Slovenia's total trade equivalent is estimated at about 115 percent of the country's GDP, and both imports and exports are currently growing, thanks to the improved foreign demand and the rise in domestic manufacturing production. In 2000, according to the CIA World Fact-book, exports stood at US$8.9 billion and imports at US$9.9 billion. Robust exports growth has more than offset weaknesses in domestic demand. The EU is the leading market for Slovenia's trade, with an over 65 percent share of exports and almost 70 percent of imports. Slovenia's top trading partners include Germany (31 percent of exports and 21 percent of imports), Italy (14 percent of exports and 17 percent of imports), France (6 percent of exports and 11 percent of imports), and Austria (7 percent of exports and 8 percent of imports).
Apart from the EU countries, the other important market for export growth has come from Eastern European markets, especially from countries belonging to the Central European Free Trade Agreement (CEFTA). There has also been a continuing revival of exports to former Yugoslav neighbors Croatia, Bosnia and Herzegovina, and Macedonia—which amounted to US$1.2 billion in 1999, or 14 percent of total revenues—while exports to Russia, although also growing, remain low in absolute terms.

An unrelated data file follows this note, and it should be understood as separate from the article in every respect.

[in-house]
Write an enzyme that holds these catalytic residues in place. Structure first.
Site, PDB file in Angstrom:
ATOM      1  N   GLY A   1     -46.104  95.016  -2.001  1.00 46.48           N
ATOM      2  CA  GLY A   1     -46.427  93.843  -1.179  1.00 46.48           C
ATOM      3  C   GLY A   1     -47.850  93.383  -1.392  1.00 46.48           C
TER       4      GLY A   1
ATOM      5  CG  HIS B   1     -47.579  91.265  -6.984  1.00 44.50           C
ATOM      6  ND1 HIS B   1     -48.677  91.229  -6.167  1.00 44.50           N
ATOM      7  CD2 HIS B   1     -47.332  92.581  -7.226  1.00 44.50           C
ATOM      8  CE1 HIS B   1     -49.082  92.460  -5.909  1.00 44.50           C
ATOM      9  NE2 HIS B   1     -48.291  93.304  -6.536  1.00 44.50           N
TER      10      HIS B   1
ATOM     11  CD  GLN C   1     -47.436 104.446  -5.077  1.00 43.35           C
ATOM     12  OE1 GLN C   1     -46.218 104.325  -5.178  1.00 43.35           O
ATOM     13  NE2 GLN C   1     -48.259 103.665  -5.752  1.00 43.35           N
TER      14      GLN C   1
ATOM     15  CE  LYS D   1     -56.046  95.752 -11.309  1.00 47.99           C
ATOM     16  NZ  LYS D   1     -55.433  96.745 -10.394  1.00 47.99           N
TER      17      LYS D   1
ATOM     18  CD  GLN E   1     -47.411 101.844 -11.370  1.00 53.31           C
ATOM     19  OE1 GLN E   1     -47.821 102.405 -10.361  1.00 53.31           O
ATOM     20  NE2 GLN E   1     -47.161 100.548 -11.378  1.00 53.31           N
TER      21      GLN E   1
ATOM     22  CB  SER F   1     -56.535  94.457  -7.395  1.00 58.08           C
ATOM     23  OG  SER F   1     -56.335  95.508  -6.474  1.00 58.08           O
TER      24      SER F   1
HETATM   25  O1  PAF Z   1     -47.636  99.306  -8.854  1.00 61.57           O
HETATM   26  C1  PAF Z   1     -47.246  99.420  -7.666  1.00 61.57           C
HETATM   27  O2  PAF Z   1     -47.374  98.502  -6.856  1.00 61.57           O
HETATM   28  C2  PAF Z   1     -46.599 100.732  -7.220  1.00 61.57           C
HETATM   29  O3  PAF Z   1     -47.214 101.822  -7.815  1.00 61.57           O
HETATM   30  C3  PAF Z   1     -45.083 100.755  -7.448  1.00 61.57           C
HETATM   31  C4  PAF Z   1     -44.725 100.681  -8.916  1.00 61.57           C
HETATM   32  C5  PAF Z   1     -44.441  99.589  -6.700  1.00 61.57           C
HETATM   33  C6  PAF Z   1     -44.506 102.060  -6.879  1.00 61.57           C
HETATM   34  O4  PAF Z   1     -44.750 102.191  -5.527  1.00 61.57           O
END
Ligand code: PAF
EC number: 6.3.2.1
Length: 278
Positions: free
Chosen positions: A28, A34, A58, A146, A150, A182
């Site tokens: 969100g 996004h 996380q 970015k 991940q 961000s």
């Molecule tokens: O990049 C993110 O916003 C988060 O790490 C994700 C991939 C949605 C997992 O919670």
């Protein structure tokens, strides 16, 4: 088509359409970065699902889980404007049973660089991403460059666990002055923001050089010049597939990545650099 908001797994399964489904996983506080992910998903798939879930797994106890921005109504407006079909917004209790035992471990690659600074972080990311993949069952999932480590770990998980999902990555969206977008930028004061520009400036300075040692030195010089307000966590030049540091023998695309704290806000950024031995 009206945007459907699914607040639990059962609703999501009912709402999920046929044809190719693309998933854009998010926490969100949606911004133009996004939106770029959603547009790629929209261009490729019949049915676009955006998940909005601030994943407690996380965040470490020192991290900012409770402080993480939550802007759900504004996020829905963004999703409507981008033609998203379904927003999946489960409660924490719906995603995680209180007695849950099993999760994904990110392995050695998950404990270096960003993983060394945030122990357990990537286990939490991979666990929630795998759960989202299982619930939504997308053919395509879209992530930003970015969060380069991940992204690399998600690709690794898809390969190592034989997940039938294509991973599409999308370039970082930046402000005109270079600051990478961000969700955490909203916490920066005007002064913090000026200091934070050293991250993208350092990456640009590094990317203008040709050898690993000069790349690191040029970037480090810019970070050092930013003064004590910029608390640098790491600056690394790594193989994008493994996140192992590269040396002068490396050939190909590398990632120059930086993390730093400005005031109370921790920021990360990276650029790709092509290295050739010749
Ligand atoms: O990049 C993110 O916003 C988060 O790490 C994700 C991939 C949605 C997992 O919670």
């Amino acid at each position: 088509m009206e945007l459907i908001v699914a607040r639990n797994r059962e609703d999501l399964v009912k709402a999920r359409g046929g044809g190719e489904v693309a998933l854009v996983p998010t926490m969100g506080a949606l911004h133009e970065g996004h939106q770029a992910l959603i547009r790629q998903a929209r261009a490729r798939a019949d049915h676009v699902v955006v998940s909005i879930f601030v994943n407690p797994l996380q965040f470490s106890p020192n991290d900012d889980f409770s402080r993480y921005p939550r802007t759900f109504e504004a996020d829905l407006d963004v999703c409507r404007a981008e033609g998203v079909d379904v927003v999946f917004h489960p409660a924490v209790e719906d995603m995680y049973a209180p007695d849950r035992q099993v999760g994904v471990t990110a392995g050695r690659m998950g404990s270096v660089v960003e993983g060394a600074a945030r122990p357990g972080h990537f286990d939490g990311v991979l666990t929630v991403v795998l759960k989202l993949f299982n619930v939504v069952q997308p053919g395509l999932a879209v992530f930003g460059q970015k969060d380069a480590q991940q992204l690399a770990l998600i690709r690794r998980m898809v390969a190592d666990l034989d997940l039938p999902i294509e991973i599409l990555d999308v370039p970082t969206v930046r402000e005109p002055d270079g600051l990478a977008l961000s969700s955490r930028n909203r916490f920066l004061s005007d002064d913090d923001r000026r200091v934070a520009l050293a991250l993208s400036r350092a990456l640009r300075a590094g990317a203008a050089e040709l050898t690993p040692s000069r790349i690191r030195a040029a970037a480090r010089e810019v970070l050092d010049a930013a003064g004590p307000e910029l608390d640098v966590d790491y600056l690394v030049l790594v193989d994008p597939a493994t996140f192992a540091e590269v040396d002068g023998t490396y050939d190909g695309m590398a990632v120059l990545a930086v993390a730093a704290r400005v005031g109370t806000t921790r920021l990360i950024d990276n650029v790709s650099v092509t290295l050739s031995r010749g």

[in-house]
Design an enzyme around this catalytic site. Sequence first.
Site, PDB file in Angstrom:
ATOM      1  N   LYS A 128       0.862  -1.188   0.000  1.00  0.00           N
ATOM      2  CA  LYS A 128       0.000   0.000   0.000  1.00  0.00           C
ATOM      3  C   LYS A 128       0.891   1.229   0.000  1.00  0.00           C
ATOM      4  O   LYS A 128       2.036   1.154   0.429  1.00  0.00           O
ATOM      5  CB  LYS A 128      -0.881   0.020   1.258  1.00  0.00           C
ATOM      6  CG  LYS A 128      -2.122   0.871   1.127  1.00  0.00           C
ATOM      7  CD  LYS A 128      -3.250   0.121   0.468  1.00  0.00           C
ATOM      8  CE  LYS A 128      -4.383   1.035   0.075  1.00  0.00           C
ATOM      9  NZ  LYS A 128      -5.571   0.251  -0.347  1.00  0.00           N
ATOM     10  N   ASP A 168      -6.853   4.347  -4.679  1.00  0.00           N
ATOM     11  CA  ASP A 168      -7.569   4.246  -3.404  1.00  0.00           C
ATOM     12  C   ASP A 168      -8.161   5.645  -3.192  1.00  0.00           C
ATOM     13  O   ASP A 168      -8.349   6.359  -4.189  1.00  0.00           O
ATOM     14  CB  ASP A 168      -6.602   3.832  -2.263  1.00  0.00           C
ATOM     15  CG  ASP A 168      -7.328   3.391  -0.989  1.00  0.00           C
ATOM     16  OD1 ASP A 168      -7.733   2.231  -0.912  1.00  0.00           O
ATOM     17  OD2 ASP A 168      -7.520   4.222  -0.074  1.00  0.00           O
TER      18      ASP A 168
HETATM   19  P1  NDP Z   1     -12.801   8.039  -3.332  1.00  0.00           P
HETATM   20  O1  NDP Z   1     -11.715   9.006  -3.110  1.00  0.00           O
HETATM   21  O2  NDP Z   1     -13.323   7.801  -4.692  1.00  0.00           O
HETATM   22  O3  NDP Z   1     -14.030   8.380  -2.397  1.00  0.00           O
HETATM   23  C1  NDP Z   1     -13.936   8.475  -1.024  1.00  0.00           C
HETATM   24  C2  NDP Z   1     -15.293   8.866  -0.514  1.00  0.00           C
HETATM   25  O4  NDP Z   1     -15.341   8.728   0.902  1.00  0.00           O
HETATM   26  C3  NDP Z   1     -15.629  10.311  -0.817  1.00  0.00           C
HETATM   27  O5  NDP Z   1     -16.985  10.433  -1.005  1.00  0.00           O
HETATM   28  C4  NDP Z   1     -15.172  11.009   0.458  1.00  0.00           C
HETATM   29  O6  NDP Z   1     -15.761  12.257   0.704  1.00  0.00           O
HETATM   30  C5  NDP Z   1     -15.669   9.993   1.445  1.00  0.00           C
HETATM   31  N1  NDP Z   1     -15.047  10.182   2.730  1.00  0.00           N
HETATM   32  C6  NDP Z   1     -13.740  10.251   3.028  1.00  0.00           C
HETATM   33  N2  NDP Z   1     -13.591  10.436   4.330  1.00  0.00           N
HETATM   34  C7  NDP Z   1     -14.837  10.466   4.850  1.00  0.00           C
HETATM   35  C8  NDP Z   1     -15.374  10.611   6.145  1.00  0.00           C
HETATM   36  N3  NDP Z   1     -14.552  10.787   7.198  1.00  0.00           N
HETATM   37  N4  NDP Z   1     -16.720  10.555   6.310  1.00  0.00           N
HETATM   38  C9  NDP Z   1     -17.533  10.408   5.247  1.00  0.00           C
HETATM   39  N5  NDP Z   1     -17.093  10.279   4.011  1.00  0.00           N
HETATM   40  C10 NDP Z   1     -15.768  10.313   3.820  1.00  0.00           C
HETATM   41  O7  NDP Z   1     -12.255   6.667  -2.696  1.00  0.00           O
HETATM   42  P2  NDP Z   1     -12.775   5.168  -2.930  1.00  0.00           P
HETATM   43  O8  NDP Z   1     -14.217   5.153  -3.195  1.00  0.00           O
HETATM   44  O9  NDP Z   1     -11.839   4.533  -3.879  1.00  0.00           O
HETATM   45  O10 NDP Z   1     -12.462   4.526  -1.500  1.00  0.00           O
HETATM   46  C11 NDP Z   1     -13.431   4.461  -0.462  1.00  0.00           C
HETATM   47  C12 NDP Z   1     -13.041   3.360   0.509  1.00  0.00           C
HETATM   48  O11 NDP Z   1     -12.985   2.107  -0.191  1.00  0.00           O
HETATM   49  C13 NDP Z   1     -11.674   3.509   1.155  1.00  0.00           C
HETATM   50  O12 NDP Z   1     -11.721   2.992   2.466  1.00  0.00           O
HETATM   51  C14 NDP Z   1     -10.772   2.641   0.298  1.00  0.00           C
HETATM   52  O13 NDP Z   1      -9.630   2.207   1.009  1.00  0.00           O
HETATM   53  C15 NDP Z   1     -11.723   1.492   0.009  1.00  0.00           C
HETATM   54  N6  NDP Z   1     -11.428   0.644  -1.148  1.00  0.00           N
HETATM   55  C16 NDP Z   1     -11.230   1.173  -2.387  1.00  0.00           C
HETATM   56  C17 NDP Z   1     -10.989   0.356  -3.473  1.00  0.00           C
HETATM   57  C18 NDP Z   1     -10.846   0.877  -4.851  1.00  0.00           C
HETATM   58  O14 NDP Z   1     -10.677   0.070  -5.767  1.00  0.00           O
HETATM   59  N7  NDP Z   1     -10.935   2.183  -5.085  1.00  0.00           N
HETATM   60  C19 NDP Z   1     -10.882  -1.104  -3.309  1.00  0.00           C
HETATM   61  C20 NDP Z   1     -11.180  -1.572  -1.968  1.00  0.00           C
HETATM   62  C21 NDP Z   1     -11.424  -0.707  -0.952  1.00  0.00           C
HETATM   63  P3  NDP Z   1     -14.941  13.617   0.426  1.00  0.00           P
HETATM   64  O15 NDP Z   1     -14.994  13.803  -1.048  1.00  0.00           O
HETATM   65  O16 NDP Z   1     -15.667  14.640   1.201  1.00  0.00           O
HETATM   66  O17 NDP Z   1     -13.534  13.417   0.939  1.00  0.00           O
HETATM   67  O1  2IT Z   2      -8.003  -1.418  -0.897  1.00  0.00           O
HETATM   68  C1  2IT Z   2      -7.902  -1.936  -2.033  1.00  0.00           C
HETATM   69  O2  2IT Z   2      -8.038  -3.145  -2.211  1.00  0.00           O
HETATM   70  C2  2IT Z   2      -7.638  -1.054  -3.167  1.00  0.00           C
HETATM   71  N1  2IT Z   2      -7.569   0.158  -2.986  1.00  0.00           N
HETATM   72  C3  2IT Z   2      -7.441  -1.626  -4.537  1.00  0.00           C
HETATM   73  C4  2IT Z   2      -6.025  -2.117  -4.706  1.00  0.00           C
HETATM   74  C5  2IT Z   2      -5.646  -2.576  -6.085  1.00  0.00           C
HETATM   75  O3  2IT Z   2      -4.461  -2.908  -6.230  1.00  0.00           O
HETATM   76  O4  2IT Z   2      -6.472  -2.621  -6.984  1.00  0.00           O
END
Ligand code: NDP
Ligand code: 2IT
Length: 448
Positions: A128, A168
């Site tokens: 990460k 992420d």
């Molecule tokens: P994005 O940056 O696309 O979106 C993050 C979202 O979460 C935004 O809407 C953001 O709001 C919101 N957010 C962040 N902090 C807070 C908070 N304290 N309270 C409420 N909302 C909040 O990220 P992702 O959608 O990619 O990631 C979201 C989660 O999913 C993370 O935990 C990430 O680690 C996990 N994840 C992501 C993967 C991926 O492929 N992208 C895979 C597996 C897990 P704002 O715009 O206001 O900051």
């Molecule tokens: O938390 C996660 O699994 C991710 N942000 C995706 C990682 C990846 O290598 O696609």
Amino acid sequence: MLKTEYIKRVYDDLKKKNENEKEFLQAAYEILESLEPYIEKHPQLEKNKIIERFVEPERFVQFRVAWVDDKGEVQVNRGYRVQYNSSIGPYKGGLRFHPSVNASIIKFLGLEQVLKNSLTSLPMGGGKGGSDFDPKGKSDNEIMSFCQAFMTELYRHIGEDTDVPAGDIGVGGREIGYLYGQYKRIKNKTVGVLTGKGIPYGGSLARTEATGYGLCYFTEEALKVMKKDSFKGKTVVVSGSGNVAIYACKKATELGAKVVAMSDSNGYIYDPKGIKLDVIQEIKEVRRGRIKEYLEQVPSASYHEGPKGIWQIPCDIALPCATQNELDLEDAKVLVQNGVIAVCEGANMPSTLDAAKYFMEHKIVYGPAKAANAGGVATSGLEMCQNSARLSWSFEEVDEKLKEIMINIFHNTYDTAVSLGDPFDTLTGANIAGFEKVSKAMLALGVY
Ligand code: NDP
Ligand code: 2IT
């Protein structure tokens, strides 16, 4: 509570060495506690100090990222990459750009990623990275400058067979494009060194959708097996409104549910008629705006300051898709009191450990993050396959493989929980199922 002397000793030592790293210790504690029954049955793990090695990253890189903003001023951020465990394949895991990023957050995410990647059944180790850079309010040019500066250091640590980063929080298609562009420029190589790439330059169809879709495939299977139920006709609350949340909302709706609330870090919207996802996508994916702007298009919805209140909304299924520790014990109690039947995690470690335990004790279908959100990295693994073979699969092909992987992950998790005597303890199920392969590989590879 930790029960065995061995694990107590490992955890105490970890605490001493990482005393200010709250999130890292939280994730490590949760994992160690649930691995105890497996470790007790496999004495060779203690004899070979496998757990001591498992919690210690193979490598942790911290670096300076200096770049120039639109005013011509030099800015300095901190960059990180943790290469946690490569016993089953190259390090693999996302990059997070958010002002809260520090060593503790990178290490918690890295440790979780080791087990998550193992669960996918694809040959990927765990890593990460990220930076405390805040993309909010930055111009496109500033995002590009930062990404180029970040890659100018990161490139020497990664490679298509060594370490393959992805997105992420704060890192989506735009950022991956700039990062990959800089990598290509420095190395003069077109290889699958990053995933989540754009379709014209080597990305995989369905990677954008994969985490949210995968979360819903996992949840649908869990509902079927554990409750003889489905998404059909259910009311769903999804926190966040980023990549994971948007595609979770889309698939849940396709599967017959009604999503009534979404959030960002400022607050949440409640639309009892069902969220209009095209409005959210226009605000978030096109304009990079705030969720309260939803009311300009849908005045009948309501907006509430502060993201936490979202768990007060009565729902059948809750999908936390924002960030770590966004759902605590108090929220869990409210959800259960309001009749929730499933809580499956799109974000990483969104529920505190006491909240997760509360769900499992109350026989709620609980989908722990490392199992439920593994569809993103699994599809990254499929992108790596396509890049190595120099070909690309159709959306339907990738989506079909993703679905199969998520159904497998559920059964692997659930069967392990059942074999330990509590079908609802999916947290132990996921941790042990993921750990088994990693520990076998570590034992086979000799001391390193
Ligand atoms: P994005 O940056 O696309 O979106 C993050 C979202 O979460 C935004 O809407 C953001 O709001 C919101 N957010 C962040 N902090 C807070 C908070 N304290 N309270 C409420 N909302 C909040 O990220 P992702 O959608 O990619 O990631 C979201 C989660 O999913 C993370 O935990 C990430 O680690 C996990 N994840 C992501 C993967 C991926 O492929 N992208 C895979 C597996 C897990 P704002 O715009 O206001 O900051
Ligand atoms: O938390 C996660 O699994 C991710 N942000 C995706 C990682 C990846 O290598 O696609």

Although Slovene exports to Yugoslavia (Serbia-Montenegro) totaled just $85 million in 1999, they have risen quickly after the Kosovo war, reaching $92 million in the first 8 months of 2000. Although the low level of Yugoslav living standards, compounded by the poor state of the Yugoslav banking system, will present serious barriers to foreign trade, Slovene exports to that country will probably continue to expand relatively rapidly. There is likely to be strong growth in exports of consumer goods by companies such as Tobacna Tovarna (cigarettes), Gorenje (household appliances), Mura (clothes), and Droga Portoroz (teas and spices). Serbia was an important market for these companies before the break-up of Yugoslavia, and their brand names are still well known. They should also be in a good position to compete in what will definitely be an even more price-sensitive market.
Slovene exports include electrical machinery, road vehicles, chemicals and chemical products, footwear, furniture, food, cigarettes, and components and semi-finished goods. Tourism is also a major source of revenue. Exports of services have also exhibited relatively solid growth, reflecting a mixture of strong growth in transport services and other services. The expansion of the latter category has been propelled by the information technology sector, which has displayed strong growth in sales to the rest of the former Yugoslavia.
Imports include machinery and transport equipment, manufactured goods, chemicals, fuels and lubricants, and food. The strongest growing category of imports has been that of intermediate goods , partly because the strength of export growth has spurred demands for imported components and raw materials. Rising oil prices, coupled with the weakness of the euro, have been the main reasons for the increase in imports of mineral fuels and lubricants.